Leave it to the Taiwanese to think of wrapping a donut inside another donut

shaobingyoutiaoWhen I came across a blog article with the title above, I knew immediately what the author was referring to. The food known in Mandarin Chinese as yóu tiáo 油條, but which in Taiwanese goes by the name 油炸粿, is basically a fried stick of dough, similar to a cruller, but puffy, rather than cake-like. The traditional way of eating it is to wrap it inside a shao bing 燒餅 (a sesame-coated flatbread). I recognized the topic, because it was one of my mom’s favorite foods, and one she had a difficult time finding in New York during the seventies and eighties. When we finally found restaurants in the San Francisco Bay Area that offered “shao bing yóu tiáo”, my mom liked to frequent them on weekend mornings, and take myself or one of my sisters.

I miss the days when my mom would get that twinkle in her eye and say we’re going out for breakfast, and we’d end up in Cupertino, at either a diner-like Chinese restaurant (A&J) or at Marina Foods, where she’d order hot soy milk (豆漿 dòu jiāng) and “shao bing yóu tiáo” and insist we eat it the way you’re supposed to, one wrapped inside the other. She’d order the sweetened soy milk, as would I, but my dad always got the salty soy milk (the choice of purists).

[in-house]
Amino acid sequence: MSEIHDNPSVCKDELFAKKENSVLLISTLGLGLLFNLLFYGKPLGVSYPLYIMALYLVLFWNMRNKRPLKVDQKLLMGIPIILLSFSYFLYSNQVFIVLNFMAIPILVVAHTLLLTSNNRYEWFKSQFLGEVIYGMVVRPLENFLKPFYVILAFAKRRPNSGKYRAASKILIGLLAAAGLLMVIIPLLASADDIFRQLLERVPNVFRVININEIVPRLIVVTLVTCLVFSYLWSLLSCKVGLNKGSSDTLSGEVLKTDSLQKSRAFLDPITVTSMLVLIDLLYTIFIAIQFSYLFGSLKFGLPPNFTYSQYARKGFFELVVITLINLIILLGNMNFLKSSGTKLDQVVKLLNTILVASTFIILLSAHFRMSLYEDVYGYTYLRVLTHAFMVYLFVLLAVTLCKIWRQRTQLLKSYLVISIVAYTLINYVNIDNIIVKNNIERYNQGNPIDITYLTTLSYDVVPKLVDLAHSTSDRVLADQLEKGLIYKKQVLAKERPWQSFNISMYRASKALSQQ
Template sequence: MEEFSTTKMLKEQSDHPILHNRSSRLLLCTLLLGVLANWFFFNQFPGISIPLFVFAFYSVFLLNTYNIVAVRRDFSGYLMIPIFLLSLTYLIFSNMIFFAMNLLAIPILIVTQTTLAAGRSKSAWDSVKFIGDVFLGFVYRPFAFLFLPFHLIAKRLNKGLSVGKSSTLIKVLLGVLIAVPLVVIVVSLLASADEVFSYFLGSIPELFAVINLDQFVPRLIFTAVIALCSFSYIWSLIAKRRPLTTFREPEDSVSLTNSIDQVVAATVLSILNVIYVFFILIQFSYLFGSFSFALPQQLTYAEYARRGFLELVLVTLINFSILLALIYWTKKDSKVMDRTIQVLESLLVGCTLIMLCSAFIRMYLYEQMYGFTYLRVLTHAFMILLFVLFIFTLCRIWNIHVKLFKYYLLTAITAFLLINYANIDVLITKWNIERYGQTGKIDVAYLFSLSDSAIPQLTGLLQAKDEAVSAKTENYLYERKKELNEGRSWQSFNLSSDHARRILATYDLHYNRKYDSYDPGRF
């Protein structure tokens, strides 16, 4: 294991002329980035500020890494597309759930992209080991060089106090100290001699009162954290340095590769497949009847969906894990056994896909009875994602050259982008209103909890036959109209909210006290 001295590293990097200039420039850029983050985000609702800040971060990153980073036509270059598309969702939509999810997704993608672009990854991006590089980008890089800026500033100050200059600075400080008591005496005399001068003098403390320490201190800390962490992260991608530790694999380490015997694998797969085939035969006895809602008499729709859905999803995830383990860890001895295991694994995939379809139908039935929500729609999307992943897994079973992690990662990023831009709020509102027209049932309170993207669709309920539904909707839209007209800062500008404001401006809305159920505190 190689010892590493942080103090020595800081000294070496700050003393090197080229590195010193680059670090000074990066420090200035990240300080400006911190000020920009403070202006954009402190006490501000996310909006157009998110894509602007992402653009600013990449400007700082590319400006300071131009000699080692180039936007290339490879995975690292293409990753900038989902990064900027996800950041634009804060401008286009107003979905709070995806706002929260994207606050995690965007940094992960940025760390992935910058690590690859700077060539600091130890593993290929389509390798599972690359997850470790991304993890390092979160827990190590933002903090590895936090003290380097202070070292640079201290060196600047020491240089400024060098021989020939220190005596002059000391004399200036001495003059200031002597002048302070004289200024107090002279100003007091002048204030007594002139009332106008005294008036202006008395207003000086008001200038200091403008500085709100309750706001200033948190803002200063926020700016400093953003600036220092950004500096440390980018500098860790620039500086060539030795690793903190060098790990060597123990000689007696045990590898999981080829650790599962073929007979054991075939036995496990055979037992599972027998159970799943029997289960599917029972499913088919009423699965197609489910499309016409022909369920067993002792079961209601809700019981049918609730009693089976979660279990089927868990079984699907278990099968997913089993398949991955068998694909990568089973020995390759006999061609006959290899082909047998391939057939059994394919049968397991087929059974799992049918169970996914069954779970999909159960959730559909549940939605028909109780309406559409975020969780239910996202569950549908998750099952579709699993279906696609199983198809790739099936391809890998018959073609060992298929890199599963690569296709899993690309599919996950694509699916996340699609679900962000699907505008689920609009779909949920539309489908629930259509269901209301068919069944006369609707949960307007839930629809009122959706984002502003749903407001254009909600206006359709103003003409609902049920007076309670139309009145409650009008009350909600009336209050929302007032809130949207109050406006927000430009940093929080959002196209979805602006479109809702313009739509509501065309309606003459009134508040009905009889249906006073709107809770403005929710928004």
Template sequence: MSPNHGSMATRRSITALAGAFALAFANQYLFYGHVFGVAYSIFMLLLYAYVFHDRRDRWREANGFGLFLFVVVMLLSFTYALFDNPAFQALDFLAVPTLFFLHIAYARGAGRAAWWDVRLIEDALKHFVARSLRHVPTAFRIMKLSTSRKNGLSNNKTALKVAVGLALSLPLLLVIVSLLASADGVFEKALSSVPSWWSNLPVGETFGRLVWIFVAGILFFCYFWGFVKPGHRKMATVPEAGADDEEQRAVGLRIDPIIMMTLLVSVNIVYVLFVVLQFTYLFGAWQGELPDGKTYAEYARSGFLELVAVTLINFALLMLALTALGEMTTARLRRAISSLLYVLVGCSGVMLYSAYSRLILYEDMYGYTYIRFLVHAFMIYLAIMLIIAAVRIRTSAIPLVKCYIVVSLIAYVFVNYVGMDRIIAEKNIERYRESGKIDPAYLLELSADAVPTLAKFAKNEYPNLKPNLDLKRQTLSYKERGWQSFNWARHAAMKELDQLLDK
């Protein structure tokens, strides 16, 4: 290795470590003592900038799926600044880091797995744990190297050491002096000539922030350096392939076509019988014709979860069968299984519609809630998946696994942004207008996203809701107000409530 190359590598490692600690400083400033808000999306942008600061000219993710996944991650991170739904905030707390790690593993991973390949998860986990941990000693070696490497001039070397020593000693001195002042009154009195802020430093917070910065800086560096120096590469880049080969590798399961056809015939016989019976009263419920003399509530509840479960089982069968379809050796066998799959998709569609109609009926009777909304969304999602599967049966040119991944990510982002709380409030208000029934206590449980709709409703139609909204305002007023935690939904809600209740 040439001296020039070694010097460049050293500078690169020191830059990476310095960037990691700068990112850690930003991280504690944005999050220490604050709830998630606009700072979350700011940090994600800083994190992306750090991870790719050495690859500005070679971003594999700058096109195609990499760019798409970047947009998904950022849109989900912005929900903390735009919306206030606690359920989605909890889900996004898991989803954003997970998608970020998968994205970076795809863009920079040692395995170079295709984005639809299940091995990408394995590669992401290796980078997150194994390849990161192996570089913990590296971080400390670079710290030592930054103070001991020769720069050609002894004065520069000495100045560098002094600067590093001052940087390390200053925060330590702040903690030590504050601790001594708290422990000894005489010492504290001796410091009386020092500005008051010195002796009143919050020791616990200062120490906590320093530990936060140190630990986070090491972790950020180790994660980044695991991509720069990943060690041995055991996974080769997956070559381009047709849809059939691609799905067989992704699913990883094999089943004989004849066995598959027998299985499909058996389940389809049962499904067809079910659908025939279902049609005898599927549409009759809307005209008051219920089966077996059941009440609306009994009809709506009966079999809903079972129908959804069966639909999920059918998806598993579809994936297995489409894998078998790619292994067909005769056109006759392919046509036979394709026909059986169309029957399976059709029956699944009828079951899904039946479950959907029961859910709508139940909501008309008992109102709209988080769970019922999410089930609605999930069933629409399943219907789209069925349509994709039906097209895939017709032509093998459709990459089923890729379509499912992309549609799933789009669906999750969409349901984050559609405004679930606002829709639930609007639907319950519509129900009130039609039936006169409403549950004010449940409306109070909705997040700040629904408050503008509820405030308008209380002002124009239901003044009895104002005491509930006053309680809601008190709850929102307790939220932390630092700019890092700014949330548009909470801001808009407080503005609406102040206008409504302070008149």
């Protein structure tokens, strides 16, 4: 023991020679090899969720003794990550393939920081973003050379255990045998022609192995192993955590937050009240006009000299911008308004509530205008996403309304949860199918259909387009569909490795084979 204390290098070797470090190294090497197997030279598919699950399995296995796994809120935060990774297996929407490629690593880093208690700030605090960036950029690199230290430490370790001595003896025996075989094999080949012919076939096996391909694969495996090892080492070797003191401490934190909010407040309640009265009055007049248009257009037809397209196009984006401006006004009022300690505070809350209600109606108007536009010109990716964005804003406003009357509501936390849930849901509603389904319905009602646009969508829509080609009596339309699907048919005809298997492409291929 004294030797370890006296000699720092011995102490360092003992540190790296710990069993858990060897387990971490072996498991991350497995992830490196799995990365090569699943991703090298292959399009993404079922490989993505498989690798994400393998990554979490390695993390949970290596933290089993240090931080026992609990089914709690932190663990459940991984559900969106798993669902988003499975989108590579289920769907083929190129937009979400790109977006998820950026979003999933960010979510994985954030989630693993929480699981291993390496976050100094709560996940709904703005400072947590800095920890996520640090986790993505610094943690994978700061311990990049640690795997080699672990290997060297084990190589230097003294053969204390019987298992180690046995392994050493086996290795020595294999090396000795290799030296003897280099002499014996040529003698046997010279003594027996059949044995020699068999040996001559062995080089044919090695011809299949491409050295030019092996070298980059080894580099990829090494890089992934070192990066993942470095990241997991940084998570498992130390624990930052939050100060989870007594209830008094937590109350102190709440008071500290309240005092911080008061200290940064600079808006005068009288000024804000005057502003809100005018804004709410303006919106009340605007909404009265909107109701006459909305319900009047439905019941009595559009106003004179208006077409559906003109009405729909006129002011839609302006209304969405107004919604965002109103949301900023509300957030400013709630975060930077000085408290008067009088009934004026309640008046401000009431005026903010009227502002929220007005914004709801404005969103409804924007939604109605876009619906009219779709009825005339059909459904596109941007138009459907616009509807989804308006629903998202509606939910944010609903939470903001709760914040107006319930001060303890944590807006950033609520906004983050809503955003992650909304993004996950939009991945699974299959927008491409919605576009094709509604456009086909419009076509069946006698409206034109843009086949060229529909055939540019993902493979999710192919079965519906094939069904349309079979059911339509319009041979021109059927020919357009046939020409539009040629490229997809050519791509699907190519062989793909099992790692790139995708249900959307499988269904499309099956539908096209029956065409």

For me, it’s the mix of textures, the crunchy yóu tiáo with the soft shao bing that makes this breakfast dish an attraction, and one I haven’t had recently. The blog article is a good reminder that it’s time to make another weekend morning trip to Cupertino.

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About Tim

I'm a Chinese/Taiwanese-American, born in Taiwan, raised on Long Island, went to college in Philadelphia, tried Wall Street and then moved to the California Bay Area to work in high tech in 1990. I'm a recent dad and husband. Other adjectives that describe me include: son, brother, geek, DIYer, manager, teacher, tinkerer, amateur horologist, gay, and occasional couch potato. I write for about 5 different blogs including 8Asians. When not doing anything else, I like to challenge people's preconceived notions of who I should be.
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